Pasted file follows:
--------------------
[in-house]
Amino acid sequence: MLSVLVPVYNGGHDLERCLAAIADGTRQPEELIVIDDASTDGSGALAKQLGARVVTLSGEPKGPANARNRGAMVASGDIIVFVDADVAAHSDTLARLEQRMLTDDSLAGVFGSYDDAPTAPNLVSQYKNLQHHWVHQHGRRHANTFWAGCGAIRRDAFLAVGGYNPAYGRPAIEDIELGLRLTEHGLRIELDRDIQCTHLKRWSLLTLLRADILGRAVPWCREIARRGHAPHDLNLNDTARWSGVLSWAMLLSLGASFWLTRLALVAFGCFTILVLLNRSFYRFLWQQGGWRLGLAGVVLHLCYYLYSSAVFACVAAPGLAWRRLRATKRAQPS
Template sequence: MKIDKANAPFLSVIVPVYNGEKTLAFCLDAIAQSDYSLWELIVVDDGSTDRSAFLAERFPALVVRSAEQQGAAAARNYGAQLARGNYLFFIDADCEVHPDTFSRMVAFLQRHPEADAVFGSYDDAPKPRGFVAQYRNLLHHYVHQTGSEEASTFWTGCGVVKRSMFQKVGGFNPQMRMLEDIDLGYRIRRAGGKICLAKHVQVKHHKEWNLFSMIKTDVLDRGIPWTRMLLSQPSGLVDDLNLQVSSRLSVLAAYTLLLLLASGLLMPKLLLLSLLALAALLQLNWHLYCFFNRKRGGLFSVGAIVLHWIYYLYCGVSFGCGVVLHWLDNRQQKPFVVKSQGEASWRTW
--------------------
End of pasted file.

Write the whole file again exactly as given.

[in-house]
Amino acid sequence: MLSVLVPVYNGGHDLERCLAAIADGTRQPEELIVIDDASTDGSGALAKQLGARVVTLSGEPKGPANARNRGAMVASGDIIVFVDADVAAHSDTLARLEQRMLTDDSLAGVFGSYDDAPTAPNLVSQYKNLQHHWVHQHGRRHANTFWAGCGAIRRDAFLAVGGYNPAYGRPAIEDIELGLRLTEHGLRIELDRDIQCTHLKRWSLLTLLRADILGRAVPWCREIARRGHAPHDLNLNDTARWSGVLSWAMLLSLGASFWLTRLALVAFGCFTILVLLNRSFYRFLWQQGGWRLGLAGVVLHLCYYLYSSAVFACVAAPGLAWRRLRATKRAQPS
Template sequence: MKIDKANAPFLSVIVPVYNGEKTLAFCLDAIAQSDYSLWELIVVDDGSTDRSAFLAERFPALVVRSAEQQGAAAARNYGAQLARGNYLFFIDADCEVHPDTFSRMVAFLQRHPEADAVFGSYDDAPKPRGFVAQYRNLLHHYVHQTGSEEASTFWTGCGVVKRSMFQKVGGFNPQMRMLEDIDLGYRIRRAGGKICLAKHVQVKHHKEWNLFSMIKTDVLDRGIPWTRMLLSQPSGLVDDLNLQVSSRLSVLAAYTLLLLLASGLLMPKLLLLSLLALAALLQLNWHLYCFFNRKRGGLFSVGAIVLHWIYYLYCGVSFGCGVVLHWLDNRQQKPFVVKSQGEASWRTW